Alaska and perished there.
New adaptation of Oscar
Wilde's The Picture of Dorian Gray brought to the screen by the English
Traditionally considered one of the science-fiction key films, this movie
adapts to a William Gibson story to the big screen.
In an insane asylum, the Marquis de Sade directs Jean Paul Marat's last
days through a theater play where the actors are the patients. Peter
Brook directed both the movie and the stage version of the play written
by Peter Weiss in 1963.
|Farewell My Concubine||
A sweeping overview of 20th century China and its effects on two actors
who spend their lives interpreting a traditional opera that gives title
to the movie.
|The Blair Witch Project||
Filmed with an extremely low budget, The Blair Witch Project lacks
any special effects whatsoever but still manages to distill fear. A good
example of how it is still possible to make good cinema without much
One of the moviemaking's all time classics. Hitchcok's masterpiece
is still too suspenseful for those among us who cannot watch a thriller
without sitting on the edge of the chair.
Robert Rodriguez's first big hit, and perhaps the movie that, together
with Pulp Fiction, started the whole indie craze here
in the USA.
|Good Bye Lenin!||
Winner of the 2003 European Film Awards, this movie offers a different,
more personal approach to the fall of the Berlin Wall and the German
|Todo sobre mi madre||
El largometraje de Almodóvar que ganara el Oscar a la mejor
película extranjera en el año 2000. Como de costumbre en
el caso del cineasta manchego, se trata de un filme donde las mujeres
tienen un papel principal.
|The Passion of the Christ||
One of this year's most talked about events. Mel Gibson's movie has
been accused of many things, but it still surprises me how many people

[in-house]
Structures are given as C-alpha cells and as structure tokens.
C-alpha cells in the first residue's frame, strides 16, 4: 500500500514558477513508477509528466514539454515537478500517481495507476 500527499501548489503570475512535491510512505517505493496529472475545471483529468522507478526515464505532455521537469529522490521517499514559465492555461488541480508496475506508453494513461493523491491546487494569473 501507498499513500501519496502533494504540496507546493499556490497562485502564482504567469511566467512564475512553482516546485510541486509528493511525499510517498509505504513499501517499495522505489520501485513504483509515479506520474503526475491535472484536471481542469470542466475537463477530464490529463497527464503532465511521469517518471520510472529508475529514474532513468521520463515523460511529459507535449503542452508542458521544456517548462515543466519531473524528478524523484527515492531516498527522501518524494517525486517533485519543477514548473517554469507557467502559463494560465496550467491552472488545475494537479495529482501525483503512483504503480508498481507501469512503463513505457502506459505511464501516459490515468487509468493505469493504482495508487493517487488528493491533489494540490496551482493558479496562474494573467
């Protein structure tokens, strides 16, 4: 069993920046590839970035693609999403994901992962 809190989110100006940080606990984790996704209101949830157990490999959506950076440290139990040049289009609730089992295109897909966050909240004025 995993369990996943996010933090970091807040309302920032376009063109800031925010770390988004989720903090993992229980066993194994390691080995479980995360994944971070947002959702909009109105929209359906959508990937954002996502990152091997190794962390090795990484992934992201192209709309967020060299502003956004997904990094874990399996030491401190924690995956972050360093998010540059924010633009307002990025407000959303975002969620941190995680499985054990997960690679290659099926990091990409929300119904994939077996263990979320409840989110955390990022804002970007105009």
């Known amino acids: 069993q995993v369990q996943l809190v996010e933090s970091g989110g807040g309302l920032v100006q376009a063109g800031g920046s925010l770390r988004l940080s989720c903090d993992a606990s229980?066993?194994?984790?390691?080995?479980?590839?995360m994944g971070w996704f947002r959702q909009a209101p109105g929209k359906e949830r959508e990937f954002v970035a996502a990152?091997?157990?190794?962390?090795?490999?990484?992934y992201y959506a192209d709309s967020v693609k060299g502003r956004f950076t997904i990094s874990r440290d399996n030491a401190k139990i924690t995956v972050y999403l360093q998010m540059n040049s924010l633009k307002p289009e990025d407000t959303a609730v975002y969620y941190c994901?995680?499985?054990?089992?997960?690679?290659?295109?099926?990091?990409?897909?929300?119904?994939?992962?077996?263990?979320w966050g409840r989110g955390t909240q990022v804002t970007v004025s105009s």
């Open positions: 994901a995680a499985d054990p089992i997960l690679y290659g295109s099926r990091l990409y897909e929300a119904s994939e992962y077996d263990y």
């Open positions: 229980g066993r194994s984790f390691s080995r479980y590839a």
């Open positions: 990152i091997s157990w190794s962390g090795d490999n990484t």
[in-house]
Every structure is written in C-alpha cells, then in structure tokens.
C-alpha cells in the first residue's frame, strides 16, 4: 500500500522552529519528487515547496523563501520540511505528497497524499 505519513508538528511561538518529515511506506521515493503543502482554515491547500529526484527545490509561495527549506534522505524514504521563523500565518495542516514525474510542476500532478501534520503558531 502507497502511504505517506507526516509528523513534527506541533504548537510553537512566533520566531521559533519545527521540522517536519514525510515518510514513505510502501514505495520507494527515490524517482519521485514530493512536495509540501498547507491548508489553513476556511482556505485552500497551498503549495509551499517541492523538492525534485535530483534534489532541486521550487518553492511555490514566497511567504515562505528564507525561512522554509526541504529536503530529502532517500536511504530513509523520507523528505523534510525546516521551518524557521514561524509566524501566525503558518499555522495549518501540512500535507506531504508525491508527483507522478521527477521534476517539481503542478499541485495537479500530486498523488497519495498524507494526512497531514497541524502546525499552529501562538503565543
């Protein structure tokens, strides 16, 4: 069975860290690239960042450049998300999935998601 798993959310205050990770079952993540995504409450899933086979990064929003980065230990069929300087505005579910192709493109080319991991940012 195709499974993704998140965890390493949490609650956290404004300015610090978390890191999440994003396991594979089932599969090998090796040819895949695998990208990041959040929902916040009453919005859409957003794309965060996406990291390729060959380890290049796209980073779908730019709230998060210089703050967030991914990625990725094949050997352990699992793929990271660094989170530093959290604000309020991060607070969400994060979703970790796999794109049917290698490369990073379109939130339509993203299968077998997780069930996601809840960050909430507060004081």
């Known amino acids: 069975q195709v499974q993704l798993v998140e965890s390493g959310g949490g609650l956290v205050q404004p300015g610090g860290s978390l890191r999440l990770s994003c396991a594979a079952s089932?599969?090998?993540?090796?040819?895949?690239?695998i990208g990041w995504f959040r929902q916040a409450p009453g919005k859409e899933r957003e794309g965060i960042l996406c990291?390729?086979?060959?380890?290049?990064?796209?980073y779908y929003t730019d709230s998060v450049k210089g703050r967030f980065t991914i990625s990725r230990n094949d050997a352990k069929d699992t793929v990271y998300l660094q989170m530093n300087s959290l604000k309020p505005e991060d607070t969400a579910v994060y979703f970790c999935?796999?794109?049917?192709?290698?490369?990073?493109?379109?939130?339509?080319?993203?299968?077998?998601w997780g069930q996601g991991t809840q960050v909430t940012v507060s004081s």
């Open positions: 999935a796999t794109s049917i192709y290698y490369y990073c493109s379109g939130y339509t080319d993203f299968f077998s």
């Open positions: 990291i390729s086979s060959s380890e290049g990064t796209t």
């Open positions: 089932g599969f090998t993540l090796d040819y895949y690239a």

manage to talk about it (and even criticize it) without having seen it.
A remake of Murnau's classic Nosferatu (the silent movie from
1922), directed by Werner Herzog and starring Klaus Kinski in the
role of Count Dracula.
A very sui generis interpretation of Virginia Woolf's Mrs.
Dalloway, this existential movie portraits three women and how they
deal with meaningless and trivial lifes.
|One Hour Photo||
A fascinating first movie by director Mark Romanek. Using an intriguing
and disturbing plot, One Hour Photo keeps you on the edge of the
sofa without a need to resort to the cheap Hollywood extravaganzas.
|A Clockwork Orange||
A classic of the history of cinema. In Kubrick's nihilistic future,
a young man with a love for ultra-violence gets in trouble, is
incarcerated and brainwashed in order to be "cured". But things do
not go as expected.
Mixture of thriller and horror movie, Rosemary's Baby is a true
masterpiece, and one that manages to keep the viewer constantly on the
verge of yelling out for help without resorting to lots of blood, creepy
murders and expensive but easy special effects. Polanski, in the good
tradition of Hitchock, shows us how to make a demonic movie on a low
|American History X||
A former neo-nazi skinhead tries to prevent his younger brother from
falling in the same trap. A virtual journey to the heart of white
supremacism, hatred and political extremism.